By Jim Tyrrell
Imagine you were allowed to see, smell and touch chocolate cookies but were then asked to eat radishes. If you next had to solve a puzzle, would you perform better or worse than people who got to indulge their sweet tooth?
If you guessed “worse,” you’re right, according to the results of a famous study at Case Western Reserve. Put simply, frustration makes us less sharp. Or to state it more accurately, our capacity for patience can quickly be depleted.
That reality has implications for government agencies that need to deliver services, drive participation in public programs or simply engage with citizens. The more frustrated citizens become when interacting with your organization, the harder it will be for you to serve your constituents and achieve your mission.
That’s why it’s imperative for agencies to consider the emotional needs of users when designing digital services. By placing emotional needs front and center, you can achieve a more holistic approach to service design that has a better chance of driving the outcomes you want.
To realize that goal, take these five actions:
1. Empathize with your users. Many contexts in which citizens consume government service, such as applying for unemployment benefits, involve negative emotions. By recognizing user preconceptions, you can better identify ways to minimize frustration and promote more positive experiences.
2. Conduct usability testing. Invest in user surveys. Observe how users interact with processes to see where they get stuck. Can they use single sign-on to access multiple services? Can they fill in part of a form and come back later to complete the task? Something as simple as requiring people to print out or fax in a form might stop them in their tracks if they don’t have access to those capabilities. An upfront investment in usability can pay dividends by avoiding interrupted processes, manual interventions and missing data.
Usability testing can also uncover the root causes of problems. For instance, an apparel company seeing a decline in online sales might assume it needs a slicker website design or a smoother checkout process. But a customer survey might reveal the real problem is that favorite colors or styles aren’t available – and the solution lies in resolving inventory issues.
3. Look to retail models. Citizens are also consumers. As they’ve become accustomed to the speed and convenience of online retail, their expectations for all online interactions have climbed.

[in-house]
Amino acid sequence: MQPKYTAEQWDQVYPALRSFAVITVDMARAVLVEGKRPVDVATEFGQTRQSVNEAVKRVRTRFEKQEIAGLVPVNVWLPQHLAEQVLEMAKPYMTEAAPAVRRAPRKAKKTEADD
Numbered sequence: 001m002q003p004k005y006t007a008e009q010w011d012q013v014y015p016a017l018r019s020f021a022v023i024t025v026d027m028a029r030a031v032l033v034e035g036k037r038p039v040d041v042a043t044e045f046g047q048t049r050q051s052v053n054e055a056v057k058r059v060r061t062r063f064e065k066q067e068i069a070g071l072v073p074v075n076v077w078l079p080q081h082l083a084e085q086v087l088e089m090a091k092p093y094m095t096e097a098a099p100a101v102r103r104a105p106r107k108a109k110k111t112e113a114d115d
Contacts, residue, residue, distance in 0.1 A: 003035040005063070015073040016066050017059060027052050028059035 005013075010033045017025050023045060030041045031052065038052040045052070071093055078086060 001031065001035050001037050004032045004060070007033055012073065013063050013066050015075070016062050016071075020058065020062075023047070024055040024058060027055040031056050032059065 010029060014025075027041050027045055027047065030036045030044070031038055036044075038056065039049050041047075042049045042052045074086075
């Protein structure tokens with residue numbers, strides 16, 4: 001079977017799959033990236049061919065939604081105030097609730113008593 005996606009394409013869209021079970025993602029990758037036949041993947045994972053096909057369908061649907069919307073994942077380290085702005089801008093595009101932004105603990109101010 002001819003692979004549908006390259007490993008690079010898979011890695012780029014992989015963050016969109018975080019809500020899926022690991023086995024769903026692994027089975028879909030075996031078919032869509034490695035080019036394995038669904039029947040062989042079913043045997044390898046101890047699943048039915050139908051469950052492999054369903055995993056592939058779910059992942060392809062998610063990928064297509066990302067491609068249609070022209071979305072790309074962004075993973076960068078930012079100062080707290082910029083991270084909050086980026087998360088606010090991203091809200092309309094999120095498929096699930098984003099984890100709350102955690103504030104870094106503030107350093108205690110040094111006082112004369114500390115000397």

Retailers have invested in chief experience officers and entire functions devoted to customer experience (CX). Many agencies lack budgets to support such efforts. But they can still adopt a retail mindset. Look for approaches you can borrow from online stores to customize experiences for the user, simplify interfaces, remove cognitive friction, provide predictable workflows, and integrate data and processes.
4. Involve all stakeholders. The private sector’s CX efforts offer valuable lessons, but their focus can be too narrow. To optimize digital services, you can’t only involve CX experts.
Instead, you need the input of all stakeholders. That includes customer-service agents and their managers, agency vendors who support processes, and heads of business functions who oversee the people and processes that enable your mission. Involving users of your services or systems will give you a real-world perspective on the challenges citizens face when they interact with you. Their input can give you a holistic perspective and connect service delivery to your organization’s objectives.
5. Use agile development tools. Agile practices help software designers and developers collaborate and work faster. Many commercial agile solutions are available, but open-source resources also offer tremendous value.
The open-source community applies a collaborative, decentralized mindset to creating software and solving problems in industries and communities. Many minds make lighter work of addressing even the most complex challenges.
For instance, the Open Practice Library is an open source, community-driven collection of exercises and practices for individuals and cross-functional teams. The practices guide innovators in iterative product delivery by helping them craft a problem statement, define desired outcomes, and work toward metrics-based goals.
As the chocolate cookie study suggests, patience and cognition engage the same parts of our brain. If you use up a user’s cognition, you’ll have a less patient user. Avoid stressing out your users, and they’ll be easier for customer service agents to work with.
Designing digital services to address emotional needs increases the chance citizens will successfully engage with your organization. Those positive experiences and emotions can drive a virtuous cycle of better citizen services – and help your agency achieve better outcomes.
Jim Tyrrell, a senior principal solutions architect for Red Hat, has more than two decades of experience in software development and delivery. He has spent more than a decade exploring the intersection of design and software development.